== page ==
Star Trek: The Teetering Foundations

By the time Star Trek: Enterprise premiered in 2002 the Star Trek franchise was facing two serious obstacles that it has never really overcome. Both, ironically enough, relate to technology.

The first was the changing face of television. Cable television had rewritten the face of TV, making dozens and dozens of entertainment options available to most people at any given time. When broadcast TV was limited to a handful of channels TV shows didn’t have to instantly enrapture their audience in order to hold their interest, there just weren’t that many places they could go to find alternatives. Star Trek shows rarely hit on all cylinders in their first season but as one of the few TV scifi franchises available to viewers it got some leeway. Now there are dozens of options available to audiences and securing an audience is difficult if you don’t grab them immediately.

In truth, this has been an obstacle to all aspiring TV shows for the last twenty years or so, but the market for science fiction is smaller than most genres and the Star Trek franchise is not cheap to produce either. Overall, by the turn of the century there were just more scifi options demanding the attention of potential viewers and Enterprise would have to compete with them. Ultimately it had a hard time, due in part to the very sporadic quality of episodes in its first season and a half.

The second problem is more pressing. The fact is, the future is now. The look, feel and capabilities of 24th century technology was set in the late 80s by NextGen and hadn’t been significantly updated since. By 2002 many people had flip cellphones, undoubtedly inspired in part by the look and feel of Original Series era technology, and even more advanced technology was constantly on the way. By the end of the Enterprise run the iPod line of music players was in full swing with four options to choose from and the first iPad was only five years away. If the appeal of Star Trek was its vision of the future one of its biggest drawbacks from the beginning of the twenty first century would be how present day much of it looked. Sure, we don’t have replicators, warp drives or tachyon scanners, but we have smart phones that accomplish more than the average tricorder, tablet computers more powerful than Starfleet datapads and a whole host of software that Star Trek never even dreamed of.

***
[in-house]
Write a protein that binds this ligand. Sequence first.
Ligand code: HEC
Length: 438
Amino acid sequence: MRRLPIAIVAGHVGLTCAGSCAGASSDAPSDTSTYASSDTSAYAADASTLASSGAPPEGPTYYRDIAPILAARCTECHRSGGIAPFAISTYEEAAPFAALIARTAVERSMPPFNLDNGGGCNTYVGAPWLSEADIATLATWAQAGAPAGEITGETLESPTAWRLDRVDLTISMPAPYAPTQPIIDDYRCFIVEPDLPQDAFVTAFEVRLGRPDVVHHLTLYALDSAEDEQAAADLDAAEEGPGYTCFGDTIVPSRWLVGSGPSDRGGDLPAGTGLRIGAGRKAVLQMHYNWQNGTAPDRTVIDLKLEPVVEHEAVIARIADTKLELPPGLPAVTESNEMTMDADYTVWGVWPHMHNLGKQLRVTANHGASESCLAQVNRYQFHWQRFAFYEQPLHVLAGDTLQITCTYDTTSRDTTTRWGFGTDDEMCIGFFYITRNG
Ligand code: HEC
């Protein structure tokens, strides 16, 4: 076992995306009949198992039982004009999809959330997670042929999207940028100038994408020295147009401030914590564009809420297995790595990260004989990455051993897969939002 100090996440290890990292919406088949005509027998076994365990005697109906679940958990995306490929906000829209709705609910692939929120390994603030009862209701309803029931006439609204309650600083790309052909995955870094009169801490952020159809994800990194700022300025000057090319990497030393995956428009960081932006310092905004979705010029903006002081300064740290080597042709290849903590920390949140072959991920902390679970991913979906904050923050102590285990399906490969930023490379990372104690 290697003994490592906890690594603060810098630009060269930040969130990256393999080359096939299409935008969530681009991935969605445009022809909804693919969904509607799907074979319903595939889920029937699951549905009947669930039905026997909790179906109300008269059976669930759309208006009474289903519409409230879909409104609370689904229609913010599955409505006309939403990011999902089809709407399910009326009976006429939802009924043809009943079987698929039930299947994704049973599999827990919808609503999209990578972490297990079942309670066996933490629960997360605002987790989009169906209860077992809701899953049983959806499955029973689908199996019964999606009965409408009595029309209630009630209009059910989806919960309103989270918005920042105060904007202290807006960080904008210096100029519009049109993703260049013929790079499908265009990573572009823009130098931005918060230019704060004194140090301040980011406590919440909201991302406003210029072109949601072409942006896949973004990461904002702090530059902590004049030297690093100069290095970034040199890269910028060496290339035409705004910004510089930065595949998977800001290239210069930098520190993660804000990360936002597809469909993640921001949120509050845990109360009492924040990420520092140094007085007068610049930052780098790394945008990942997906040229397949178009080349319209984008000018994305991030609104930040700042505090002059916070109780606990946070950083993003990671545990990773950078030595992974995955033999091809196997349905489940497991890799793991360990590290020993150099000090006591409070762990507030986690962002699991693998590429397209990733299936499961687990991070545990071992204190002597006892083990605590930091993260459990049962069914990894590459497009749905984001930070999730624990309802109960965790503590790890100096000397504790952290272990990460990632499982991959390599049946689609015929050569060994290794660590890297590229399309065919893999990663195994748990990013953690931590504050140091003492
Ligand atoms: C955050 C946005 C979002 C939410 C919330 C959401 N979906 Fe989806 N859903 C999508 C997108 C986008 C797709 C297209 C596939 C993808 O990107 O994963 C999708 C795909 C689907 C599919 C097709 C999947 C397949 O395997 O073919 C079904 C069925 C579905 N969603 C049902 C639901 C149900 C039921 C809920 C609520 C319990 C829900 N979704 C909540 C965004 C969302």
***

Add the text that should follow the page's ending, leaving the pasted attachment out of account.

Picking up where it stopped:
When combined with the previously mentioned reality that our history and the history of Rodenberry’s future look nothing alike – we haven’t fought a third world war yet, for example – the factors that made Star Trek relevant for so long were starting to slip away. Timeliness was abandoned in Deep Space NineVoyager was the last hurrah of futuristic technology. Something had to be done.

The franchise had a couple of options. It could jump forward in time once again, moving the story forward and introducing a bunch of new technological concepts to keep the futuristic feel fresh. That was risky as there was a number of speculative elements in Star Trek already and each such element added moved the stories closer and closer to space fantasy rather than science fiction. The other alternative was to turn backwards and play with simpler concepts and add some commentary about why the Federation we knew and loved looked so different than what we would expect based on what we see today.

Star Trek: Enterprise opted to try both. In many ways, the show was a prequel to Kirk’s era, showing how humanity’s space exploration force became the lynchpin of an interstellar alliance that would shape the course of a quadrant for generations to come. At the same time it introduced a concept interesting in theory but failed in execution – the temporal cold war, where people from times after Picard, Sisko and Janeway tried to meddle in the past or prevent said meddling. (Voyager played in this space as well when 29th century timecops showed up every now and then, but the idea of organized malicious elements at work was entirely an Enterprise creation.)